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Photography Class

With the world the way it is, second waves and hotspots erupting all over, I’ve been thinking back to my time in self isolation earlier in the year.

After travelling to Amsterdam I wasn’t able to leave my house upon returning to Australia for two weeks. My travel radius became my overgrown and previously unloved backyard, though this quickly turned into my place of solitude and inspiration.

A place which helped me during those heavy and emotionally strung out days.

Each day I would pick up my camera and explore my backyard. I started doing this to document what I was seeing at this unbelievable moment in time, like a photo diary.

I enjoyed what I captured in these nature walks so much that I have added 3 New Prints into my Shop. The mood of the images really sets the atmosphere of those days.

I have decided to share some of my backyard photography tips with you in this ‘Photography Class’ and walk you through my approach, in case this may help you too. You don’t have to be a photographer and all you need is your iphone.

The class’s aim is to motivate you to explore what’s in front of you and to help train your eye to see things which may have gone unnoticed before.

This class is for pure enjoyment, escapism and fun – remember what that felt like?

Ok, off we go…

ps: If you are reading this and live in Victoria, just know that we are all thinking of you and understand this second lockdown is not like the previous one and is very emotionally difficult. This class is especially for you guys to do at home or in your local park!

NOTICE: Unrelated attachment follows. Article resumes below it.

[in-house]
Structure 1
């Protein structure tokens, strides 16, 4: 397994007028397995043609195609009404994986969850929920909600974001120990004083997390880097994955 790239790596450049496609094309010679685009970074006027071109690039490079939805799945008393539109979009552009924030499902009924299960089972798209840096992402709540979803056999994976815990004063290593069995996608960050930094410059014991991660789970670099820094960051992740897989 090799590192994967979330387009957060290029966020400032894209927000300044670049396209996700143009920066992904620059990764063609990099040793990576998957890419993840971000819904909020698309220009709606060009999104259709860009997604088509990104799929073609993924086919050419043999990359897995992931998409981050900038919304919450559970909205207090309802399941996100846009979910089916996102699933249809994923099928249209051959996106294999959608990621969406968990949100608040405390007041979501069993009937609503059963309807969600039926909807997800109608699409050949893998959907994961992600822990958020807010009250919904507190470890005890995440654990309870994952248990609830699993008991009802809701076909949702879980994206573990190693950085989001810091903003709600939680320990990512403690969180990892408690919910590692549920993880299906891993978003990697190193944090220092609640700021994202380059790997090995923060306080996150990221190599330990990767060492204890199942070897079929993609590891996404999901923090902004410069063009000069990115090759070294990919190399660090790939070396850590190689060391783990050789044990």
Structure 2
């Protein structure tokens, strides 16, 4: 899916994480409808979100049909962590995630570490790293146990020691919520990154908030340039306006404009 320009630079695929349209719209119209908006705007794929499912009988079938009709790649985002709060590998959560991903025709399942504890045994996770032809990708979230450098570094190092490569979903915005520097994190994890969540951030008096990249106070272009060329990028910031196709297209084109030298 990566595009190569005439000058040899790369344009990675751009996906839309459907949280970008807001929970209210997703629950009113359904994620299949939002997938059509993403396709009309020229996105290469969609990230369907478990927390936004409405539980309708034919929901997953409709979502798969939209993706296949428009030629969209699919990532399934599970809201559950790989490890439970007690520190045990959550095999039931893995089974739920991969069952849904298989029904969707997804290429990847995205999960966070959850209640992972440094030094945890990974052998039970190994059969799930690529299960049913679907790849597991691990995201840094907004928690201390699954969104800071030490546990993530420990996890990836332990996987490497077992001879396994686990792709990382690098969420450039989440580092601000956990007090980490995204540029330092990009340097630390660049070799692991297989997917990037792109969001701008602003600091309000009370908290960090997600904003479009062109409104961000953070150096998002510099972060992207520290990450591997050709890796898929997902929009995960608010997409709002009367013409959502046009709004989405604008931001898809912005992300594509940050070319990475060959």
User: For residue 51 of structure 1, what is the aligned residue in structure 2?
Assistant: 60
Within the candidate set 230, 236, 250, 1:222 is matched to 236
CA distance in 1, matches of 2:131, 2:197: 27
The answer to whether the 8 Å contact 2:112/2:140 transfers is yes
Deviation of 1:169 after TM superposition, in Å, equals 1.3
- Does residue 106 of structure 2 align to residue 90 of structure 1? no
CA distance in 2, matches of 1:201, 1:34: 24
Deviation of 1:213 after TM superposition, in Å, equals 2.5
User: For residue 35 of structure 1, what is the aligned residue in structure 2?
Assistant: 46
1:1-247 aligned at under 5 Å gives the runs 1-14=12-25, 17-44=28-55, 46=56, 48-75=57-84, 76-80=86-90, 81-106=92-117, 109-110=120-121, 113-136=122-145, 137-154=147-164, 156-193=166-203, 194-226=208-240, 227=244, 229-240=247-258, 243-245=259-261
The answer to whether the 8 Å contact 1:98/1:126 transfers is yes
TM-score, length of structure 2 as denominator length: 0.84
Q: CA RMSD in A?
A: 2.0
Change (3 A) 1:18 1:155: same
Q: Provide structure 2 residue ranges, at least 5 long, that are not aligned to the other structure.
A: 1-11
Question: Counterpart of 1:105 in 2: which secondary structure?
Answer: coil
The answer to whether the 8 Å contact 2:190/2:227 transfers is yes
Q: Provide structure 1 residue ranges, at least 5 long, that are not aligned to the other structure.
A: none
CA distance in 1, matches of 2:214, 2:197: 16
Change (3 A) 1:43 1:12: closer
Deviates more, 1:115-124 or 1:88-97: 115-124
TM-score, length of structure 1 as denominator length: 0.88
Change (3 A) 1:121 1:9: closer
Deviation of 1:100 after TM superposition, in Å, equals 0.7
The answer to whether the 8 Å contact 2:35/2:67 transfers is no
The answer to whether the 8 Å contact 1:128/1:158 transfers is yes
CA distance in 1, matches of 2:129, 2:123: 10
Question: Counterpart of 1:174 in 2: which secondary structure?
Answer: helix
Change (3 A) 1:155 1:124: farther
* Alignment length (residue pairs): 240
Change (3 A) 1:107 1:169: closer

Above left: The back of the house which opens up onto an overgrown small bush block/ Above right: A single large gum tree which is in the backyard, a tree which I feel so grateful to have in the backyard.

1. Take in Your Surroundings

First things first, go for a walk outside and take in your surroundings. Look at the sky. Is it sunny? Is there rain coming? Any moody clouds? What does the texture of the bark on that trees feel like? If it’s windy, just sit and watch how the wind moves through nature.

Something even as simple as rain can add a sense of drama and action within nature. Noticing how the water droplets fall on foliage or how a cloudy grey sky makes the colours of the leaves and surrounds more intense.

Being at one within your surroundings is really important to allow your eye to notice the smallest of things.

Above left: Me, walking around the backyard and taking it all in, while wearing the new Cocoon Coat in milk / Above right: A new limited edition print titled ‘Elephant Ear Study’. I love the rain on this one.

2. Timing the Light